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License Agreements – Addressing Difficult Supply Chain Issues

The spotlight has  clearly focused on the global supply chain for apparel, accessories and footwear  - in particular, wages and working conditions in garment factories in Bangladesh and other low wage countries. Many companies are now working to improve factory conditions  as part of corporate social responsibility initiatives, and to address consumer concerns and avoid potential reputational damage.  It is generally difficult for companies to balance competing concerns about production cost ( and ultimate price to the consumer), supply chain transparency and factory working conditions, when their manufacturing facilities are company owned or contract factories. The issue is even more complex when products are manufactured by a third party under a licensing agreement.

Typically, license agreements for apparel, accessories or footwear include specific provisions addressing the licensee’s owned or contract factories. The nature and extent of these provisions vary widely , depending upon the relative bargaining power and resources of the licensor and licensee.

Here are a few of the most common variations of these provisions and some observations on each:

Adherence to Licensee’s Codes

If a licensee is a large company and/or a public company, it may have written corporate codes of conduct addressing such issues as child labor, slave labor, working conditions, discrimination, wages and collective bargaining at the factories that produce its products. The licensor may require the licensee to covenant  that all of its factories producing products under the license  adhere to the licensee’s codes. However, even if the licensee agrees to such a covenant, it is unlikely to agree not to amend its codes  ( or to seek consent to amend its codes from the licensor), so that the licensor may not be assured of continuing protection . Accordingly, a licensor might also seek a covenant along the lines described below.

Assurances that the Licensee’s Factories Meet Specified Standards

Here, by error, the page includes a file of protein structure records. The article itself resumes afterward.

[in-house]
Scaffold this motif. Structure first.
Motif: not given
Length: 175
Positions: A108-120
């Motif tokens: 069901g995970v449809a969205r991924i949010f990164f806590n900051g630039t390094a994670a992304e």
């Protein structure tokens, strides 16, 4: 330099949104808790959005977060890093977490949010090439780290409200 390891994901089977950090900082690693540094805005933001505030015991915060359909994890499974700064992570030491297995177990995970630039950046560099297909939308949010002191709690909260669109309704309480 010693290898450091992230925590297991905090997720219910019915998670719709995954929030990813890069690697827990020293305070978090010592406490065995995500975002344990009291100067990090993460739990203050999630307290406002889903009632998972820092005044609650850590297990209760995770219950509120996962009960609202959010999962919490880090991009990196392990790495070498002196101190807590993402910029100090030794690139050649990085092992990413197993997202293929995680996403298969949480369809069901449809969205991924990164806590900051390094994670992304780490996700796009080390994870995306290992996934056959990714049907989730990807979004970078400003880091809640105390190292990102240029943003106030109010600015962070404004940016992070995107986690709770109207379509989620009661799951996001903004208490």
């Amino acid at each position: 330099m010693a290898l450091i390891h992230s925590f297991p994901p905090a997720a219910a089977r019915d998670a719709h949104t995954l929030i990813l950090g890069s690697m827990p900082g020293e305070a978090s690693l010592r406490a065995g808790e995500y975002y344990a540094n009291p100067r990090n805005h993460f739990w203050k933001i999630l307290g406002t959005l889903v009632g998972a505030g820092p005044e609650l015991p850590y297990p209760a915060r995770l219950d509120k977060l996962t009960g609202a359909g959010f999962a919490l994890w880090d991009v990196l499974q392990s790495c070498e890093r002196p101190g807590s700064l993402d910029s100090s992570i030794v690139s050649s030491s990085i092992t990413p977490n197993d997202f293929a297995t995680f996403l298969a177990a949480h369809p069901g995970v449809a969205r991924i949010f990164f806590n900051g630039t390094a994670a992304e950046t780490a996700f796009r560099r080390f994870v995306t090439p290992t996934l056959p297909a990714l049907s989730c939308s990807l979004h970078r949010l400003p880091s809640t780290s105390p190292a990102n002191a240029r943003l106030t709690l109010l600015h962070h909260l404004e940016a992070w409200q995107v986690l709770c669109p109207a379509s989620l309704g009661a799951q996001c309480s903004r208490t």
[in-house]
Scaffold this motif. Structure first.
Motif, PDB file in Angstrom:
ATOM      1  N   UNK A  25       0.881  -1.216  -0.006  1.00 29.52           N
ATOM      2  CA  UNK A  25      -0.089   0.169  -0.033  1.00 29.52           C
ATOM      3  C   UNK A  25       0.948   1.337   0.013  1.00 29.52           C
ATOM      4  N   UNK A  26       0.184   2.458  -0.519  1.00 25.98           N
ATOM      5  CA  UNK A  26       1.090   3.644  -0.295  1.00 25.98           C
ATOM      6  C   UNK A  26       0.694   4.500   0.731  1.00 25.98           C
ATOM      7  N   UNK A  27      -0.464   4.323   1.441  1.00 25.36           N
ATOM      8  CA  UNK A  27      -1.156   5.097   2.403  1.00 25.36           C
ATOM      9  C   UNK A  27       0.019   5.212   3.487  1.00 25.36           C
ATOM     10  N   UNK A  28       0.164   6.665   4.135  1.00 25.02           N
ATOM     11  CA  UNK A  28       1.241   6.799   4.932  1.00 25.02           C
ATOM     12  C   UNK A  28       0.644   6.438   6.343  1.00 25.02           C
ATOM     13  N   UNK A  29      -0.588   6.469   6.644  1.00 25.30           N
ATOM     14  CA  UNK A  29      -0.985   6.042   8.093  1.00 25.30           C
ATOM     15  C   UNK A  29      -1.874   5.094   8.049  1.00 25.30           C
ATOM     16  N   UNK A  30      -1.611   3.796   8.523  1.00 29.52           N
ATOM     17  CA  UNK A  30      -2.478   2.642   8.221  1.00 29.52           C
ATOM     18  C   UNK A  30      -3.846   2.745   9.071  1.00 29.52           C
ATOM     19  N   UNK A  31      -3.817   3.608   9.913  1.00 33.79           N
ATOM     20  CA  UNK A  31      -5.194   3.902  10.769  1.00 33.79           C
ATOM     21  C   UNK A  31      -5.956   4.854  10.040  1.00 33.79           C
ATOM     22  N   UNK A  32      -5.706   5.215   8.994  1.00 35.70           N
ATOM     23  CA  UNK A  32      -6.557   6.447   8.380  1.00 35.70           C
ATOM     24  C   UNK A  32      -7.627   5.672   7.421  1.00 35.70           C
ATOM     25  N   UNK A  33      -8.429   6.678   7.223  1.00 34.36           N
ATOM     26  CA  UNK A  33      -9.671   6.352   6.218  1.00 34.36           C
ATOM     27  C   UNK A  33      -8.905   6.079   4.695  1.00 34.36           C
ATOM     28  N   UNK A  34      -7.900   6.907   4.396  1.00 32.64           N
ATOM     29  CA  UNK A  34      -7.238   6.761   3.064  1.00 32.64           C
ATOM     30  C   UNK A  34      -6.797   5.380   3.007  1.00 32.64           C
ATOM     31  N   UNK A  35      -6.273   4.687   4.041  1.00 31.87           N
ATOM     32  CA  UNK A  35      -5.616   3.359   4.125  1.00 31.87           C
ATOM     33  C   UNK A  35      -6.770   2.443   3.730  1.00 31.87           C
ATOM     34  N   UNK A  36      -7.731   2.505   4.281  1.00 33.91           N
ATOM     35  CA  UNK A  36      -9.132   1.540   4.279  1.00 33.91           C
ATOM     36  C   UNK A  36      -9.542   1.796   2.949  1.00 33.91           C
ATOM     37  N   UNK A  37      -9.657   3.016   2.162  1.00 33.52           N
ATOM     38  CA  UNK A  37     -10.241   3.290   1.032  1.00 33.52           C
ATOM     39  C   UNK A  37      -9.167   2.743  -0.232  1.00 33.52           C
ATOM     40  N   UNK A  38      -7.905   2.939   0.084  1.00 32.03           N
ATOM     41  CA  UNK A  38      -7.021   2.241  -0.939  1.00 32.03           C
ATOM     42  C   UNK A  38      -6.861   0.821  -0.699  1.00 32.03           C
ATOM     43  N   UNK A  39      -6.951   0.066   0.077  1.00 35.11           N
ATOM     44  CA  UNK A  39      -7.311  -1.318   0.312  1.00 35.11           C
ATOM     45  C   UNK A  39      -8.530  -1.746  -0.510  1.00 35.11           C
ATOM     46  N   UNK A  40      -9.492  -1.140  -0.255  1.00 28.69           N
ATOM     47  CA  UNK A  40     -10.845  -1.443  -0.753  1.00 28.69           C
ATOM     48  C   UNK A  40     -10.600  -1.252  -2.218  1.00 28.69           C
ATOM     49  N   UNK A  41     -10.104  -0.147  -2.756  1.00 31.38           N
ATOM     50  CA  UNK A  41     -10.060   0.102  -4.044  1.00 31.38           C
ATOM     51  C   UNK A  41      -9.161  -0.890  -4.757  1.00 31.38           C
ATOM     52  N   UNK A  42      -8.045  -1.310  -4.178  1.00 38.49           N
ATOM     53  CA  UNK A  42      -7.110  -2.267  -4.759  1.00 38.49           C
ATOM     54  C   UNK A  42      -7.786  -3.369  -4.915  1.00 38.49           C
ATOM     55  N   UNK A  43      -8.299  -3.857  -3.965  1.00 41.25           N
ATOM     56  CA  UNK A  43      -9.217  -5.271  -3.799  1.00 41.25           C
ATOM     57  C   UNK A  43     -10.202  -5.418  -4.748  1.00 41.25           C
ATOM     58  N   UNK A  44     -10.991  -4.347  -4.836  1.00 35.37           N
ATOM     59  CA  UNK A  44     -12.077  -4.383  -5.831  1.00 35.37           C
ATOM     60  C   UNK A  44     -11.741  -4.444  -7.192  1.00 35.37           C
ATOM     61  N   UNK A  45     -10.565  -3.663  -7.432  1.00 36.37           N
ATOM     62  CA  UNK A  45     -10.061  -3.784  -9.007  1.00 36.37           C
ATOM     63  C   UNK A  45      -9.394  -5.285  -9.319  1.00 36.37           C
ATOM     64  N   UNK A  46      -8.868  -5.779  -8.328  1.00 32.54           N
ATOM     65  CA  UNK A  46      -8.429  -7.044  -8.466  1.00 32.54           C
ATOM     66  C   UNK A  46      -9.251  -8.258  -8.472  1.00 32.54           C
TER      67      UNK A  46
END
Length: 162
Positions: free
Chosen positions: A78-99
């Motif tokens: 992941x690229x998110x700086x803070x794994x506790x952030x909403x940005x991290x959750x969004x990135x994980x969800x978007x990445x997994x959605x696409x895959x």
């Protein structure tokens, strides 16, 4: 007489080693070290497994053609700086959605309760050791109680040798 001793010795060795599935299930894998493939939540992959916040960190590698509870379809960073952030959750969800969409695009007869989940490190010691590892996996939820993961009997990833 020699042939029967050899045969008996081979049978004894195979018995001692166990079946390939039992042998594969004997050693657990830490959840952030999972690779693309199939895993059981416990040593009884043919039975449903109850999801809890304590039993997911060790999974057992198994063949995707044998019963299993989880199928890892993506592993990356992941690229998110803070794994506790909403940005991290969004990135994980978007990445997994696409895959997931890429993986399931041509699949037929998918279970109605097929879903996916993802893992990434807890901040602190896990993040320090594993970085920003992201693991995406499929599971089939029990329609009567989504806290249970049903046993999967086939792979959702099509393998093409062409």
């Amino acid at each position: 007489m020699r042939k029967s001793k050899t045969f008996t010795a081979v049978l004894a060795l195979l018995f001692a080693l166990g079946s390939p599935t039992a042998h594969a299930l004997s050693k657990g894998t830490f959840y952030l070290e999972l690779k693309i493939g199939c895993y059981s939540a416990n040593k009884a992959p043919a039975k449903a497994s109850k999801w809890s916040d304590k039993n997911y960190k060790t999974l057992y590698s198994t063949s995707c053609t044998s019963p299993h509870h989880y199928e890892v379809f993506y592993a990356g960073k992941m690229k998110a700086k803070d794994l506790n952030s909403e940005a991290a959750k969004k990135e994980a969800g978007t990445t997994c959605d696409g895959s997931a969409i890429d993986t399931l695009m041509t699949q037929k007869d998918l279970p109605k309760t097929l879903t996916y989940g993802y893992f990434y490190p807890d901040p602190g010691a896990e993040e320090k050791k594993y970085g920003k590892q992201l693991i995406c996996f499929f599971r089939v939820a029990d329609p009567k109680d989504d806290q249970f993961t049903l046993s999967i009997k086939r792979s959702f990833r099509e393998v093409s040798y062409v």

A licensor may seek assurances that the licensee’s factories meet specified  standards. The standards might be one or more of the following “compliance with all applicable federal, state and foreign laws and ethical industry standards”, “conformity with best industry practices and standards” or a full listing of the actual standards that must be complied with – similar to what would be found in  actual corporate codes of conduct. Certainly, the third approach is the clearest and most specific. Compliance with applicable laws and ethical industry standards may be too vague a standard to enforce in certain cases. And, it may be difficult to determine “best practices” in light of the wide variety of practices across geographic areas ( and to determine whether a particular practice in a single factory raises the bar).

For either  type of covenant,  the licensee may want a materiality, or knowledge, qualifier in order to minimize the risk of a breach of this covenant since it is generally difficult to assure continual compliance. On the other hand, the licensor may seek to have each factory certify in writing that it complies with the applicable standard, may  require the licensee to periodically verify such compliance and may seek access to the factories to ascertain compliance.

In addition, the licensor will typically  seek specific remedies for breach of these covenants. The remedies may include one or more of the following: a  covenant to promptly terminate a non-compliant supplier, termination of the license agreement,  loss of renewal rights, and/or damages for any interruption in supply due to a change in suppliers. These remedy provisions often provide a notice process in which  the licensor notifies the licensee of a possible breach and the  licensee has a specified period of time to cure the breach before the remedy applies.

Given the importance and visibility of supply chain issues, it is important that these license agreement provisions be drafted and negotiated with care.

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